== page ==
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US recovery and China's growth go together
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What about the exports? After all, the argument assumes that Chinese exporters today are as powerful as US multinationals were in the pre-Depression era.

In the 1920s, the US great exporters General Motors, General Electric, Procter & Gamble, DuPont were vertically integrated giants, which developed, manufactured and distributed their products. They dominated the value-added and thus most profits.

In China today, some 60 percent of exports accrue to foreign-invested enterprises. The percentage rises with the technology level. Through localization, these multinationals have been a great source of knowledge spillovers, technology transfer and employment in China. Nonetheless, most of the value-added and thus most profits accrue to these multinationals not to China.

There are also substantial differences between the pre-Depression United States and China in this century in terms of the role of exports in the national economy. In 1929, exports accounted for about 5 to 6 percent of the US GDP. In China, exports accounted for 38 percent of the GDP in 2007.

In other words, Chinese prosperity is only a fraction of the prosperity levels of its greatest export markets. Further, foreign multinationals dominate Chinese exports, value-added and profits in China.

In 1929, the US could have changed the course of history through massive fiscal expansion to replace declining global demand. Today, China, even if it were willing to, cannot and should not be expected to play a comparable role not yet.

Over time, China's prosperity levels will grow, in accordance with increasing productivity. However, China today is not the US in 1929. The time is different. The place is different. And the world is far more globally interdependent.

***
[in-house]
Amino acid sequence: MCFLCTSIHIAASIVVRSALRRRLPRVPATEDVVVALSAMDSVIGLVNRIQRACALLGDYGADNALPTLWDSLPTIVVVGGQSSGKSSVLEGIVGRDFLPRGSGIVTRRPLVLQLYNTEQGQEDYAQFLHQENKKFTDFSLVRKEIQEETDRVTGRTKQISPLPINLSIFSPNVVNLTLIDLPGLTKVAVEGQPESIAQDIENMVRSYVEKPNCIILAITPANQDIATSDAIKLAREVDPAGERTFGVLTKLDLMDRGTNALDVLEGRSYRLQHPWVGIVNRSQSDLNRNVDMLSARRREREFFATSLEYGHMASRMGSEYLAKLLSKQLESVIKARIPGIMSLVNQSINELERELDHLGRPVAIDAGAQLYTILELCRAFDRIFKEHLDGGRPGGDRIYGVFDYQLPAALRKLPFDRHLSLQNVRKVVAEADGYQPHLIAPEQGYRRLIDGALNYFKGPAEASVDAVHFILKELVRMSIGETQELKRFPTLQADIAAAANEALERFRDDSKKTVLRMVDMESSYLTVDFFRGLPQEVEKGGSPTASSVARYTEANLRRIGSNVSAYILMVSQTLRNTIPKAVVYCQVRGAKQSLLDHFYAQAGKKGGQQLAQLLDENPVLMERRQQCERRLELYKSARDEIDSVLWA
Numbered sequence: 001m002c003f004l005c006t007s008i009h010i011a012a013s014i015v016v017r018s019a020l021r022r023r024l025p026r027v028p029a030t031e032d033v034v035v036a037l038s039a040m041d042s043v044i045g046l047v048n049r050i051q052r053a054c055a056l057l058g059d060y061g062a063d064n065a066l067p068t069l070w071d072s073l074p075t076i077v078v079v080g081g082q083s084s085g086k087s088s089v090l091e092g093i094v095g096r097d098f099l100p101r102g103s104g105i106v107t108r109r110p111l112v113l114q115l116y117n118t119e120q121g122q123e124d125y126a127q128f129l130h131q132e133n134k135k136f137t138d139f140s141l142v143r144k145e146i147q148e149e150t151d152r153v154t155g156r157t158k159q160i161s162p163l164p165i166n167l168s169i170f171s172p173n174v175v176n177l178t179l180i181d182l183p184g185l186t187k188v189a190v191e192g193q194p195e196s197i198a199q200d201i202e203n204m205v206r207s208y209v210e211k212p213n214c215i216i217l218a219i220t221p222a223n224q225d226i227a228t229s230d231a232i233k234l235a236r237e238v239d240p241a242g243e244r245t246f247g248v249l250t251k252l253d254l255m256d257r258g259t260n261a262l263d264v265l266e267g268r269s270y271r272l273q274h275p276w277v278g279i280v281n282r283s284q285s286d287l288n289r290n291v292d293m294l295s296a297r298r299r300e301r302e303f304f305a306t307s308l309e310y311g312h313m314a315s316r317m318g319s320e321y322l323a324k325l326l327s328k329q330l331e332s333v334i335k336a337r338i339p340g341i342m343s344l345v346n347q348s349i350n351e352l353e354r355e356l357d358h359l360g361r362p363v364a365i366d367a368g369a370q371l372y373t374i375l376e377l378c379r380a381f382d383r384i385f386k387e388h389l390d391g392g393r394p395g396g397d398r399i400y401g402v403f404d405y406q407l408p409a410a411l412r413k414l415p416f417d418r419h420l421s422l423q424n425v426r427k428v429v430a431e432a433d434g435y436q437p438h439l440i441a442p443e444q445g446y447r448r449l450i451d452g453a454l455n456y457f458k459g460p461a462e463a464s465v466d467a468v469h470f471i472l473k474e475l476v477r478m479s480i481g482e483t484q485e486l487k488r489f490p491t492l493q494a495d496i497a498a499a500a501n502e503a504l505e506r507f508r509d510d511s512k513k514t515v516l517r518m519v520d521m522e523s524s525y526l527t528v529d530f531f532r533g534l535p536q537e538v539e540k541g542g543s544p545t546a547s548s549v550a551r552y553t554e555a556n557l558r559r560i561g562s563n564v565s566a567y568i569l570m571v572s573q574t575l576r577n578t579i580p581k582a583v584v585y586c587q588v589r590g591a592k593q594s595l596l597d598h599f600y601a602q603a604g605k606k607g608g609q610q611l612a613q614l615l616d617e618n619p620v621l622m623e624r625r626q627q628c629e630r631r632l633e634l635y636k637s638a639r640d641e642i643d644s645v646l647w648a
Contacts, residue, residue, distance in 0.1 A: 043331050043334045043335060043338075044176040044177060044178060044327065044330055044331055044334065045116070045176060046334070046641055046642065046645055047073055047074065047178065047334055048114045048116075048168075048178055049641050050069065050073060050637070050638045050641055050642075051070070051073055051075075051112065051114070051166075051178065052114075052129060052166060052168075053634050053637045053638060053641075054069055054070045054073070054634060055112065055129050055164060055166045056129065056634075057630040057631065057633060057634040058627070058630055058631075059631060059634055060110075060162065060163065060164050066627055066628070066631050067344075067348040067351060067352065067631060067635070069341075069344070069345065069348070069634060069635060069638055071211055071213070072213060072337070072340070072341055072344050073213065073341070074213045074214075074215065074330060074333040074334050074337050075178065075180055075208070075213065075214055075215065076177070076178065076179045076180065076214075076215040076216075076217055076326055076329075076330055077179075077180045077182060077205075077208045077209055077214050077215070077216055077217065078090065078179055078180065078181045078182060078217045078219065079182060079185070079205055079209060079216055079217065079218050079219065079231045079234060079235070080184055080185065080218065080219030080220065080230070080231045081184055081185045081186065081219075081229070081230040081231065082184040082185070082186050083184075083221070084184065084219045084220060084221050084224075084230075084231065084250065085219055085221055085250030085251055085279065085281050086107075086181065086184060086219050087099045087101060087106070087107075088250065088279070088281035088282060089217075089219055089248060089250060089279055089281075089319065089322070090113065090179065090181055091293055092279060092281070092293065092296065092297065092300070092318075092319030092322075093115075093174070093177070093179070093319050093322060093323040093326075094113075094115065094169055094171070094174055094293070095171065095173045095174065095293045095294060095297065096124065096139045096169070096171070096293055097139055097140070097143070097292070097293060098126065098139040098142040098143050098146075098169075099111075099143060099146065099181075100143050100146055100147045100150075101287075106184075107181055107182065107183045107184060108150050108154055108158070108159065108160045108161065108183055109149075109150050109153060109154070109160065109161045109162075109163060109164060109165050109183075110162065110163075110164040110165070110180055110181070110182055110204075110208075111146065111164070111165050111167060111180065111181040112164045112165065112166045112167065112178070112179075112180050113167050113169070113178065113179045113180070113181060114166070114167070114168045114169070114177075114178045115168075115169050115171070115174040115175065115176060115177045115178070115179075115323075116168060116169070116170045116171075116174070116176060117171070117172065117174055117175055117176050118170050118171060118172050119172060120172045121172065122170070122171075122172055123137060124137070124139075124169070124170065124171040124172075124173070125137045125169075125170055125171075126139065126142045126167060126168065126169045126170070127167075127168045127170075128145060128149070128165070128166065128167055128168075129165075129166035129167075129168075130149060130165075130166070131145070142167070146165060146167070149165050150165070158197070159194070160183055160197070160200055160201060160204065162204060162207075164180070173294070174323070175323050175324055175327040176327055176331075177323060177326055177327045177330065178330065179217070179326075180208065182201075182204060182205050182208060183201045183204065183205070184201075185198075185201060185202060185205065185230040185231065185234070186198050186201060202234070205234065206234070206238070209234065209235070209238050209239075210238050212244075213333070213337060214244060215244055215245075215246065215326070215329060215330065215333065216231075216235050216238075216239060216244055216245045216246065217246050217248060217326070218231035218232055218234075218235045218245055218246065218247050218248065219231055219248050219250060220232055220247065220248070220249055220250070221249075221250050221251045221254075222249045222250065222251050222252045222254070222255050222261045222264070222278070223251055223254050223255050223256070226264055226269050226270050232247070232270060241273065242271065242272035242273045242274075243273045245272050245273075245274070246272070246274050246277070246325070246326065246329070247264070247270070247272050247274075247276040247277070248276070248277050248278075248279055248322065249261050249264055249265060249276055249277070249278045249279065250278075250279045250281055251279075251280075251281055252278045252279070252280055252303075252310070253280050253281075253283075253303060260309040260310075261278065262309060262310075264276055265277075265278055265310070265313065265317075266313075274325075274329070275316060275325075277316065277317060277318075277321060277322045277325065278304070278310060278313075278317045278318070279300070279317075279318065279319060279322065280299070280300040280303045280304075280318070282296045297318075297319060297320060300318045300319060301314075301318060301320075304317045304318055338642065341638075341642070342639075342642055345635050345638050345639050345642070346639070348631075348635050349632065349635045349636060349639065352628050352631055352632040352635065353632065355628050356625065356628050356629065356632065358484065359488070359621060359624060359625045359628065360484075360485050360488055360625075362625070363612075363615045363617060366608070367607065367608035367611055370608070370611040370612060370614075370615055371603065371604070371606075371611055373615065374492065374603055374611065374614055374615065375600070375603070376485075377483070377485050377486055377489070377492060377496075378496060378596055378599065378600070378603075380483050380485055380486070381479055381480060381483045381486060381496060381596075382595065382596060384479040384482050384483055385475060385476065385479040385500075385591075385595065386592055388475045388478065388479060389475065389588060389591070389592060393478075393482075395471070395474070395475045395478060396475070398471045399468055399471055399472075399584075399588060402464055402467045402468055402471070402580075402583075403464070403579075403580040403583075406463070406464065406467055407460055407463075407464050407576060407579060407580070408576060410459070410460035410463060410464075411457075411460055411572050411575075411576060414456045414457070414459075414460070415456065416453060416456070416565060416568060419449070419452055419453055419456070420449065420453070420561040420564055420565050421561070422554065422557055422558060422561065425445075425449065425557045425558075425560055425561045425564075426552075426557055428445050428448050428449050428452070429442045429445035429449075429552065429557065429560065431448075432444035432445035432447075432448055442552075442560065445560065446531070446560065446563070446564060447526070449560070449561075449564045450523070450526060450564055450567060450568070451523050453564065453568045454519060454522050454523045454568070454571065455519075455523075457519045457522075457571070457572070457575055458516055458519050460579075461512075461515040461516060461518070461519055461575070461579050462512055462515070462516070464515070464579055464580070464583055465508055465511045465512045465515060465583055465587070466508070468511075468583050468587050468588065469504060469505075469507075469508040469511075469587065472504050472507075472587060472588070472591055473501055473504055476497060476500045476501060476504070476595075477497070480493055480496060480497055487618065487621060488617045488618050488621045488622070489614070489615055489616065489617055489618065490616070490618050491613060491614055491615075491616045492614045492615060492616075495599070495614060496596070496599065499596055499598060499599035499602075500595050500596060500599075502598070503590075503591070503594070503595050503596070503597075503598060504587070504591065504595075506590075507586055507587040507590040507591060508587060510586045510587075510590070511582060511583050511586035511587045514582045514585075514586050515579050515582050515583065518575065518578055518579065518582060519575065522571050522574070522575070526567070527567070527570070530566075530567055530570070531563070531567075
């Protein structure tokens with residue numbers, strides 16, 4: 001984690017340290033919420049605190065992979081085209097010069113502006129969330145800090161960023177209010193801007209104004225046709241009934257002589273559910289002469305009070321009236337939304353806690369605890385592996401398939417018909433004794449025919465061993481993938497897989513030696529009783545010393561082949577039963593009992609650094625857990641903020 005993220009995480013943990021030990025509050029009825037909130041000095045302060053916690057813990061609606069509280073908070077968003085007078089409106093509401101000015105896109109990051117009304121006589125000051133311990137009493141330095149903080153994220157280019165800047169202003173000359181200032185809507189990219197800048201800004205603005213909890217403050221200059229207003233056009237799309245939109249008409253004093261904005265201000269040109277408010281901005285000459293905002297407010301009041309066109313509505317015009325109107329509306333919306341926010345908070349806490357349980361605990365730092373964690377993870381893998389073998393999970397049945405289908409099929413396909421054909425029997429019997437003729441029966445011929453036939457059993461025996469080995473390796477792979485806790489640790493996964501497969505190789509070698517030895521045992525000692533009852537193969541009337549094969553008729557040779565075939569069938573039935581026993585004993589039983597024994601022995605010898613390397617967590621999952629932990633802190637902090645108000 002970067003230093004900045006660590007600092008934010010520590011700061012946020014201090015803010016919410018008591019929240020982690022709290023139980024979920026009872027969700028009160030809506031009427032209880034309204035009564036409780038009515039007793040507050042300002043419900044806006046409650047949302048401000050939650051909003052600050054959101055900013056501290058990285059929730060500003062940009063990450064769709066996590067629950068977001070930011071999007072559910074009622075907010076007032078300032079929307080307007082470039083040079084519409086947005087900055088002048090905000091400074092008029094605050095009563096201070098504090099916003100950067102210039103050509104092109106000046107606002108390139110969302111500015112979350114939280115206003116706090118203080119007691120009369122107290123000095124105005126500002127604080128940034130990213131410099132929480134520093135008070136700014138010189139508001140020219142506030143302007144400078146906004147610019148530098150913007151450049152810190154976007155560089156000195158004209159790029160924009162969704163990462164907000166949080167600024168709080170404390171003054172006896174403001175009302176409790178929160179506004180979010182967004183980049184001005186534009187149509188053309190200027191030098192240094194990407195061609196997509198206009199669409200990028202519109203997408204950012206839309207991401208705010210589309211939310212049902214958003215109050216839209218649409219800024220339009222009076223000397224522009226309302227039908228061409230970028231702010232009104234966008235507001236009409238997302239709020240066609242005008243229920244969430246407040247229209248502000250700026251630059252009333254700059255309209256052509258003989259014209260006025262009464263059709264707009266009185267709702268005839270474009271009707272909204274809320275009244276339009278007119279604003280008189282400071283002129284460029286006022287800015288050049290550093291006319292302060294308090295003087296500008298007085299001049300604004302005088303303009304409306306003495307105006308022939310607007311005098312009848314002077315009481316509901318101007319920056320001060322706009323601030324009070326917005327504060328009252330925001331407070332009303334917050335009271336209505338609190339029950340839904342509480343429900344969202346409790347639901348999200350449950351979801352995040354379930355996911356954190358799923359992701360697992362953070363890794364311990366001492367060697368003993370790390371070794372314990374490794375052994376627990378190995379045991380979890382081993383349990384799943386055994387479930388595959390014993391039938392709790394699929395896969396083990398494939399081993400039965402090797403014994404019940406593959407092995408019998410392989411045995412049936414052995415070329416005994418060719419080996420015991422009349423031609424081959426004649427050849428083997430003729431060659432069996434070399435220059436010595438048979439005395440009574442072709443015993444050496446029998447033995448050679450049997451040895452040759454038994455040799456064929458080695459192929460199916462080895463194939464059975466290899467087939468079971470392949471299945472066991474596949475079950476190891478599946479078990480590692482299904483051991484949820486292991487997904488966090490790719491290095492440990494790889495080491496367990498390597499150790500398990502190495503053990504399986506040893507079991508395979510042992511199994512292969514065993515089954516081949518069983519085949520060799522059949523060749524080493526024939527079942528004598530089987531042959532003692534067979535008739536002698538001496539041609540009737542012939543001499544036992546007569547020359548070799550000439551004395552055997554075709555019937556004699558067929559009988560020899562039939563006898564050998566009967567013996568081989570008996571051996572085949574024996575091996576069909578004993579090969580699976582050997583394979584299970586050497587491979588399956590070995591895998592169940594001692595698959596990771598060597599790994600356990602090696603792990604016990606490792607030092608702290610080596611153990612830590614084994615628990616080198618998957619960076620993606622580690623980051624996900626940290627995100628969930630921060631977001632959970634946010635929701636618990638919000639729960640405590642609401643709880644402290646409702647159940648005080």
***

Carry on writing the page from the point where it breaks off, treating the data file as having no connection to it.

In the past, some observers claimed that China had "decoupled" from the US-led world economy. Measured in terms of exports and imports of GDP, the degree of openness of the US and Chinese economies in 2007 were 22 percent and 65 percent, respectively. China is almost three times more open. In such conditions, the "decouplement" theory is naive.

Today, plunging domestic demand in the US and China has left manufacturers in both countries plagued with overcapacity. As Chinese Premier Wen Jiabao has put it, maintaining "steady and fast growth" is the "biggest contribution" China can make to help the world overcome the current financial crisis.

In the postwar era, the US was the most outspoken advocate of international multilateral institutions and free trade. During the past eight years, the US has opted for unilateralism in security and become increasingly skeptical about free trade.

Before Christmas, in one of her last acts as US Trade Representative, Susan C. Schwab filed a sweeping petition with the World Trade Organization alleging that China illegally aids local exporters of Chinese-branded products, from appliances to apparel, with such subsidies as cash grants and cheap loans.

In the long run, such trade unilateralism could prove devastating to China, the world economy and particularly the United States.

Soon the incoming US president Barack Obama must cope with the estimated $1.2 trillion federal budget deficit. The new White House must also demonstrate global leadership to reignite growth in the world economy. That leadership is impossible without multilateral cooperation.

Today, the US' recovery, China's steady growth and the stable international environment are intertwined. The US prosperity is no longer possible without China's economic development.

The author, Dan Steinbock, is research director of International Business at the India, China and America Institute, an independent US think tank.

(China Daily January 14, 2009)

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